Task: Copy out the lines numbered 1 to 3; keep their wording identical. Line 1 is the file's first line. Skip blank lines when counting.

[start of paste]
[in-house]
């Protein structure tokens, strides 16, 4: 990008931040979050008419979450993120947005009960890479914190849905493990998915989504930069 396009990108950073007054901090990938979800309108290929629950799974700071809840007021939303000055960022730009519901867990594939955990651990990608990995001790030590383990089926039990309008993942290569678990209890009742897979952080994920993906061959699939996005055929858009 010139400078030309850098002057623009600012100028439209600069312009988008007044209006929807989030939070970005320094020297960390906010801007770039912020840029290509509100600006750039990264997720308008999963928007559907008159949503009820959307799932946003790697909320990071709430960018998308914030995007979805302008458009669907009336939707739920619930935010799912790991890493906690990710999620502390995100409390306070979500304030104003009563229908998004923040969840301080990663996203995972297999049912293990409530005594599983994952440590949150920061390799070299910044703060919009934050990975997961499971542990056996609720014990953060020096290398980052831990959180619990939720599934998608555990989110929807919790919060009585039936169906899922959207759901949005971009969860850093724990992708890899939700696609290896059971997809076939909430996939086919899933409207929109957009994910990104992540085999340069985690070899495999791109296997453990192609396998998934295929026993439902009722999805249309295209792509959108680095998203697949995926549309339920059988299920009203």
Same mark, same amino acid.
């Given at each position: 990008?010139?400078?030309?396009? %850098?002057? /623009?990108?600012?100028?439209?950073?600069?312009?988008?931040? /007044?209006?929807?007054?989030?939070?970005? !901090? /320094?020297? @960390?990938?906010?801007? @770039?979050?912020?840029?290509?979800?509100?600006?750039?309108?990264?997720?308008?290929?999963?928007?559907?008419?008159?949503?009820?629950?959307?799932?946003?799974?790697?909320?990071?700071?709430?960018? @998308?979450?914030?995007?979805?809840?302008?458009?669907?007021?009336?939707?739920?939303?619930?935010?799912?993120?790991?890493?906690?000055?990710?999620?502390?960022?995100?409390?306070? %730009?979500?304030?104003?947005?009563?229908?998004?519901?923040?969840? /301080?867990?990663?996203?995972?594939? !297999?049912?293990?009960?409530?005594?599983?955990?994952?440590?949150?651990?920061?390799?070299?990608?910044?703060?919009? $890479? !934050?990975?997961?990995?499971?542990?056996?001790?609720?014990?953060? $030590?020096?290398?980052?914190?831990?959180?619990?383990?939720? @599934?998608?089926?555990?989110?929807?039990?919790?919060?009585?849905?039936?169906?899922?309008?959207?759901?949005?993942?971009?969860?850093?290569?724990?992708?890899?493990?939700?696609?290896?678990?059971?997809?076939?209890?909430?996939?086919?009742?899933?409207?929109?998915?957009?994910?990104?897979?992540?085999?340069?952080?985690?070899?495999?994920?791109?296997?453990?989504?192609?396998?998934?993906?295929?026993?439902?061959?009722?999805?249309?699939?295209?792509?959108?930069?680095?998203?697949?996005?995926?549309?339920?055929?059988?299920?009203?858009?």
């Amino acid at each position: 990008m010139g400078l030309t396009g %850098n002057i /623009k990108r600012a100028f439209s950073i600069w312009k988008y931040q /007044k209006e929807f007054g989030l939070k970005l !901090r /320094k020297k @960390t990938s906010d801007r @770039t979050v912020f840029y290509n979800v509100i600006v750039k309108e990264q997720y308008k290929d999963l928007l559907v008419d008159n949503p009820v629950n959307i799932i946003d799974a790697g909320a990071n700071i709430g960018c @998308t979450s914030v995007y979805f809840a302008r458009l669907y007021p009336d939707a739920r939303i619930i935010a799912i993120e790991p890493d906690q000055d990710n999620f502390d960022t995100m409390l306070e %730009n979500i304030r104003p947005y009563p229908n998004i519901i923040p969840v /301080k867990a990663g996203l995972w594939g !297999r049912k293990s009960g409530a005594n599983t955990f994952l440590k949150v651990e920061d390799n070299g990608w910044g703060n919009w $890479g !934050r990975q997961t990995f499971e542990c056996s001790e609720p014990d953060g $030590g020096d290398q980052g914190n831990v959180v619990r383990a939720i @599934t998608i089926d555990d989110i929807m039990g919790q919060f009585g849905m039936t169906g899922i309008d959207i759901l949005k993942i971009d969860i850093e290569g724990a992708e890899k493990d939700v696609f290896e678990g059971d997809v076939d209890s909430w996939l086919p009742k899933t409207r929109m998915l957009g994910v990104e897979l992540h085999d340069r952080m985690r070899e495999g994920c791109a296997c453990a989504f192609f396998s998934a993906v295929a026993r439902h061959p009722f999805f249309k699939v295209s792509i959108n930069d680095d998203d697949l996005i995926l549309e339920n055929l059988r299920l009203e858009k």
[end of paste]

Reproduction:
[in-house]
């Protein structure tokens, strides 16, 4: 990008931040979050008419979450993120947005009960890479914190849905493990998915989504930069 396009990108950073007054901090990938979800309108290929629950799974700071809840007021939303000055960022730009519901867990594939955990651990990608990995001790030590383990089926039990309008993942290569678990209890009742897979952080994920993906061959699939996005055929858009 010139400078030309850098002057623009600012100028439209600069312009988008007044209006929807989030939070970005320094020297960390906010801007770039912020840029290509509100600006750039990264997720308008999963928007559907008159949503009820959307799932946003790697909320990071709430960018998308914030995007979805302008458009669907009336939707739920619930935010799912790991890493906690990710999620502390995100409390306070979500304030104003009563229908998004923040969840301080990663996203995972297999049912293990409530005594599983994952440590949150920061390799070299910044703060919009934050990975997961499971542990056996609720014990953060020096290398980052831990959180619990939720599934998608555990989110929807919790919060009585039936169906899922959207759901949005971009969860850093724990992708890899939700696609290896059971997809076939909430996939086919899933409207929109957009994910990104992540085999340069985690070899495999791109296997453990192609396998998934295929026993439902009722999805249309295209792509959108680095998203697949995926549309339920059988299920009203």
Same mark, same amino acid.